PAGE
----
Friday, October 14, 2005

Oh Lord, We lost our Black people!

Politics: That is what the Washington Post reports from Louisiana as officials come to grip with reality. This is not a possibility, it will happen and voting patterns will change in the state. More Hispanics, less Black, More White will decide the politics.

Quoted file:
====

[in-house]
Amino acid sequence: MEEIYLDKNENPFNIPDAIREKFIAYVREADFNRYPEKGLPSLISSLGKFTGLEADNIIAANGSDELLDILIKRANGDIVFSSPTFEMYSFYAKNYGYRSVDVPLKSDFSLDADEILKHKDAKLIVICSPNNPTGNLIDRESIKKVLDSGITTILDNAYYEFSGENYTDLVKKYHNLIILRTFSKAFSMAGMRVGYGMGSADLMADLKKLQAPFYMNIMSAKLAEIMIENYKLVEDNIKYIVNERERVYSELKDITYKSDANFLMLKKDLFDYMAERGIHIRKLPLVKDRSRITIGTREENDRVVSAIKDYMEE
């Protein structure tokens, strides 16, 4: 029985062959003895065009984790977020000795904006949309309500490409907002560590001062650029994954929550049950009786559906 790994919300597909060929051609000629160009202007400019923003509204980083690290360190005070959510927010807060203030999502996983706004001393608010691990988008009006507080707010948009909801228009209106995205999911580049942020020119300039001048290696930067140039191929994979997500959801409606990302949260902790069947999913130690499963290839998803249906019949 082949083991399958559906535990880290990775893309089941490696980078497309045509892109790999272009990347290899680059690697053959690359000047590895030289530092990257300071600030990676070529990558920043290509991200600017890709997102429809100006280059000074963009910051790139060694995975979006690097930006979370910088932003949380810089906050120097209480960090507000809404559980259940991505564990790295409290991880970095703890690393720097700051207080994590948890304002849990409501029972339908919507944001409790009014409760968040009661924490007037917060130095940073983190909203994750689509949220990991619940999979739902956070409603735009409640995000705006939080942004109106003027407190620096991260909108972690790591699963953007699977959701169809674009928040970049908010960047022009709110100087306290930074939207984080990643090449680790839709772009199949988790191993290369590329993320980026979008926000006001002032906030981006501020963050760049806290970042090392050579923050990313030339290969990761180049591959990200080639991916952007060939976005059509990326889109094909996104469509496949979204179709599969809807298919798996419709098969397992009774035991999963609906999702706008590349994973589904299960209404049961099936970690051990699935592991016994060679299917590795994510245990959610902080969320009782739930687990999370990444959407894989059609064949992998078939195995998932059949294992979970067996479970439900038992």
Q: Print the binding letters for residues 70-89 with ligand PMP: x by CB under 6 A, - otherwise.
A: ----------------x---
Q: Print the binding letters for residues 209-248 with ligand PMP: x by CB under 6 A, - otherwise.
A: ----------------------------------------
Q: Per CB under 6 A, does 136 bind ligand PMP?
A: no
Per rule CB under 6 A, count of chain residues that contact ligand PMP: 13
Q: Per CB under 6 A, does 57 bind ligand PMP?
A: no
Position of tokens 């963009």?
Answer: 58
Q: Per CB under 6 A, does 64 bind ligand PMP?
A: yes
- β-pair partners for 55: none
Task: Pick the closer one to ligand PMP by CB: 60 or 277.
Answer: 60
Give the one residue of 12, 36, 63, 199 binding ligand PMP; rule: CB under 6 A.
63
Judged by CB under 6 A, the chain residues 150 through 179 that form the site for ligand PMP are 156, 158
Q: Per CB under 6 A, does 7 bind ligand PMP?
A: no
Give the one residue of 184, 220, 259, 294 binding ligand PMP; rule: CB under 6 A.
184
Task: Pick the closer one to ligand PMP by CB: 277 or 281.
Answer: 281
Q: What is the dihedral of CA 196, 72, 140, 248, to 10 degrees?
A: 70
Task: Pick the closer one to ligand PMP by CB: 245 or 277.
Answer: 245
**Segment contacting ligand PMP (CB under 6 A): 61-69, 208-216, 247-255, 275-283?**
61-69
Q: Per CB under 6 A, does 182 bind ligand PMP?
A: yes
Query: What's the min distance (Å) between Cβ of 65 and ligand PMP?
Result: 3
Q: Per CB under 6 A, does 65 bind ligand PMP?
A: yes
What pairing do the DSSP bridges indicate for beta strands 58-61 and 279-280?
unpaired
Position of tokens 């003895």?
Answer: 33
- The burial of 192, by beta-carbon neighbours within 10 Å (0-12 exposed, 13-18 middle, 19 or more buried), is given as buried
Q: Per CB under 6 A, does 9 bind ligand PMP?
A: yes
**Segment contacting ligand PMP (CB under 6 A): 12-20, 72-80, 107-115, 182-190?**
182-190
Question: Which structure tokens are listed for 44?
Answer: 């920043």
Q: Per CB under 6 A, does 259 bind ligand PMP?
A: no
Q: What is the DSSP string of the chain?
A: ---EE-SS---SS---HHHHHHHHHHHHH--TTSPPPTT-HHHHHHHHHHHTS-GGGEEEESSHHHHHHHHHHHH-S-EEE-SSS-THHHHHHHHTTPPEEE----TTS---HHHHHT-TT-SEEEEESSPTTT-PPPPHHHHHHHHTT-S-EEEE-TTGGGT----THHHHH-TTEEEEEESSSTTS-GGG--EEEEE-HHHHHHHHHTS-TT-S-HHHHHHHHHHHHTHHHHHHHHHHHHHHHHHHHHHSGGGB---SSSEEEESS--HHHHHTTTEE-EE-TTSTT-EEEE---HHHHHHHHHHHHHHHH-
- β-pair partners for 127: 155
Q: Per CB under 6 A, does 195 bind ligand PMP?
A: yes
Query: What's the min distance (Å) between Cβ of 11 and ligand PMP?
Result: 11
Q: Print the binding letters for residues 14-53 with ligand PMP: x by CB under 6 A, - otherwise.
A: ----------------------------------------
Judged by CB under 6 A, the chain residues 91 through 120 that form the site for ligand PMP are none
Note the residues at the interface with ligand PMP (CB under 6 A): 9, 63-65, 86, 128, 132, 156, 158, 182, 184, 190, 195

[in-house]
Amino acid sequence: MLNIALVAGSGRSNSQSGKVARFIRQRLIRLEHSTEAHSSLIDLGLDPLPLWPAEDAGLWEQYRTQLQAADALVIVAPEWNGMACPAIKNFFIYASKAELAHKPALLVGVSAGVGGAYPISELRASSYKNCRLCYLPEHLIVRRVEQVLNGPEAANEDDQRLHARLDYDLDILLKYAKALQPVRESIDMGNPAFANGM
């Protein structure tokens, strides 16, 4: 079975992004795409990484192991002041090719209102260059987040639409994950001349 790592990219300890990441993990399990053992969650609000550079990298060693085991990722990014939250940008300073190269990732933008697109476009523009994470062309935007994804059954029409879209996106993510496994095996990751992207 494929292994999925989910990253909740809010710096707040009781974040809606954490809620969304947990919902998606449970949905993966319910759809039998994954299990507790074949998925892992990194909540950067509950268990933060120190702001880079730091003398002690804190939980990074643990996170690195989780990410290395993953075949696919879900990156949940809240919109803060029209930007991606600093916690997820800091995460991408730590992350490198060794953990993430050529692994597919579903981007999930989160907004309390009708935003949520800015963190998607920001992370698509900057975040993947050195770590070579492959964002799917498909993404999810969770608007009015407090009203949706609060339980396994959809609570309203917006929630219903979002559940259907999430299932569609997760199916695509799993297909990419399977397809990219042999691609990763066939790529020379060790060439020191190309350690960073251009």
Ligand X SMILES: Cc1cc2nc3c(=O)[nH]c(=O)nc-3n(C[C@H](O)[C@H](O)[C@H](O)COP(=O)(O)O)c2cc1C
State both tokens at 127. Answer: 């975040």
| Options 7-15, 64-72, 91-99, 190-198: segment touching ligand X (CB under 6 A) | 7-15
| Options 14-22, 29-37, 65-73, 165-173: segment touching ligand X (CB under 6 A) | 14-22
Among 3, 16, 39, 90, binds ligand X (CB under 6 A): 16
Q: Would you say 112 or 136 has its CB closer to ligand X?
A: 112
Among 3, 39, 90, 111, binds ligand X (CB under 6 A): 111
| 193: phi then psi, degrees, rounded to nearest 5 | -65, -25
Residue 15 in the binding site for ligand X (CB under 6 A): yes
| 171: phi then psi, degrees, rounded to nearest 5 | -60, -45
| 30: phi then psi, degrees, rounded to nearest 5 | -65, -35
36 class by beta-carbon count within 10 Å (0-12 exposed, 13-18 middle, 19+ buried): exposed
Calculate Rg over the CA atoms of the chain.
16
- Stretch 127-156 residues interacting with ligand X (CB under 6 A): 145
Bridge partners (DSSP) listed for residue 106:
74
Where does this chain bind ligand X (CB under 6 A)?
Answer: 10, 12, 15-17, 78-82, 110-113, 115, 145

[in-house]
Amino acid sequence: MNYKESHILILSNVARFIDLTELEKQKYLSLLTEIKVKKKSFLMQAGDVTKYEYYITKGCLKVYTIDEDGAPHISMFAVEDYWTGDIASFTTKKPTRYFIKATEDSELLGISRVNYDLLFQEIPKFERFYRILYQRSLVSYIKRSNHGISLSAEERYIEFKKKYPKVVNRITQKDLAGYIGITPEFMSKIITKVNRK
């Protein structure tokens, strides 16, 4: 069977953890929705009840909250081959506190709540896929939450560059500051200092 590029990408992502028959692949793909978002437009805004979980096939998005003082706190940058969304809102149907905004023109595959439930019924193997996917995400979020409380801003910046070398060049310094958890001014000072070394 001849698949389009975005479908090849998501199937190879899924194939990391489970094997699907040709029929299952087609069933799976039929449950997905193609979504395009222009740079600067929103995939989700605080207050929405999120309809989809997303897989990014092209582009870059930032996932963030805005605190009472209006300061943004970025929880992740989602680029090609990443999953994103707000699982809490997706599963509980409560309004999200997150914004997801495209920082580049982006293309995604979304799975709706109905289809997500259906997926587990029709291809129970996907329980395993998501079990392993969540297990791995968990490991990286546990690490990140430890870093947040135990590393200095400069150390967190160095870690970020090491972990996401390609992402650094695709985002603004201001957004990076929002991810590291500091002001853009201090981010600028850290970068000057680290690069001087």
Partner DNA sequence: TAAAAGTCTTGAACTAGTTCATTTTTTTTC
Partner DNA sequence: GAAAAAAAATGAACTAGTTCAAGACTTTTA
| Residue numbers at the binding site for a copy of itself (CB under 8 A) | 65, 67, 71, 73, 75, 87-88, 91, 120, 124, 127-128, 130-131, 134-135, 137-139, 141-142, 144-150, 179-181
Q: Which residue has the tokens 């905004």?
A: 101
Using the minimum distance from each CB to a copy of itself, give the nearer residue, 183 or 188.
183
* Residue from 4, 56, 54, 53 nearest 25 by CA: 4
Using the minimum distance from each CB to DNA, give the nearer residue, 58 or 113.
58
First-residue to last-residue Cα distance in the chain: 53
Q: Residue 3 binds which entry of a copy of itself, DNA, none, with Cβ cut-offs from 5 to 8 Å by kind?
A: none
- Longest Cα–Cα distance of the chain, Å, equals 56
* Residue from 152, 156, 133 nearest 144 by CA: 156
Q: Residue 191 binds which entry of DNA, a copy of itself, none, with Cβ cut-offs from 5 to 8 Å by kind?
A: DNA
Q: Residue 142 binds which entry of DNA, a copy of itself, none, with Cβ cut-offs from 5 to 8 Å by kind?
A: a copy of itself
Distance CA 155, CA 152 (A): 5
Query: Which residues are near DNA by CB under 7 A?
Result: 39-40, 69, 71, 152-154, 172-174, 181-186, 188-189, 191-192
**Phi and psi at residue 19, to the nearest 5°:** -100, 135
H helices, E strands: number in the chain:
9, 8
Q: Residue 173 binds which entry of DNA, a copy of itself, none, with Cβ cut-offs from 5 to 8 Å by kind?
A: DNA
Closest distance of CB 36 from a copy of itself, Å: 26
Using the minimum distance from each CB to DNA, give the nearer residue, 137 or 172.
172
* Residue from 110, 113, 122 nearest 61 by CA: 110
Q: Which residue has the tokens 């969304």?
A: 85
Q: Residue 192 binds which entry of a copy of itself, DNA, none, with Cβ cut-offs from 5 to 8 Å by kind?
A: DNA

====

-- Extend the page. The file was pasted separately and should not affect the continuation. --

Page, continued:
Less than two months after Katrina devastated the Gulf Coast, leaving much of New Orleans and surrounding areas unlivable, Louisiana officials are beginning to grapple with the bewildering new political landscape. The storms and resultant flooding caused more than 1 million residents to flee their homes, many for far-flung destinations from which they may never return. In a public service announcement released yesterday, Coast Guard Vice Adm. Thad W. Allen, who is in charge of the federal government's recovery effort, said: "In many areas, like the Lower Ninth Ward of New Orleans . . . the areas will be uninhabitable for many years." The unprecedented population shift is likely to have its first political impact in New Orleans, where Mayor C. Ray Nagin, who captured 44 percent of the black vote in 2002, and other municipal officials are facing a February election. ....In New Orleans alone, nearly half of the voting precincts were destroyed by Katrina. Many of the neighborhoods most affected include overwhelmingly Democratic black communities in the Seventh, Eighth and Ninth wards. And while many African American voters remain in Louisiana, a number significant enough to affect a close election have left. In political circles last month, "there was talk that the Democrats' margin of victory [in Louisiana] was living in the Astrodome in Houston," said Ronald D. Utt, a senior researcher at the Heritage Foundation. That reality has left some Democrats concerned that the party could lose its tenuous grip on power. Both Gov. Kathleen Babineaux Blanco's 2003 election win and Sen. Mary Landrieu's 2002 reelection victory came with margins of fewer than 60,000 votes, which included overwhelming support from African Americans. "All of that's gone. So you are going to have a restructuring," said state Sen. Derrick Shepherd (D-New Orleans), a member of the elections task force. Also, Louisiana is likely to lose one of its seven congressional seats -- a prospect that had loomed before the storms and has now been solidified because of the state's population loss.

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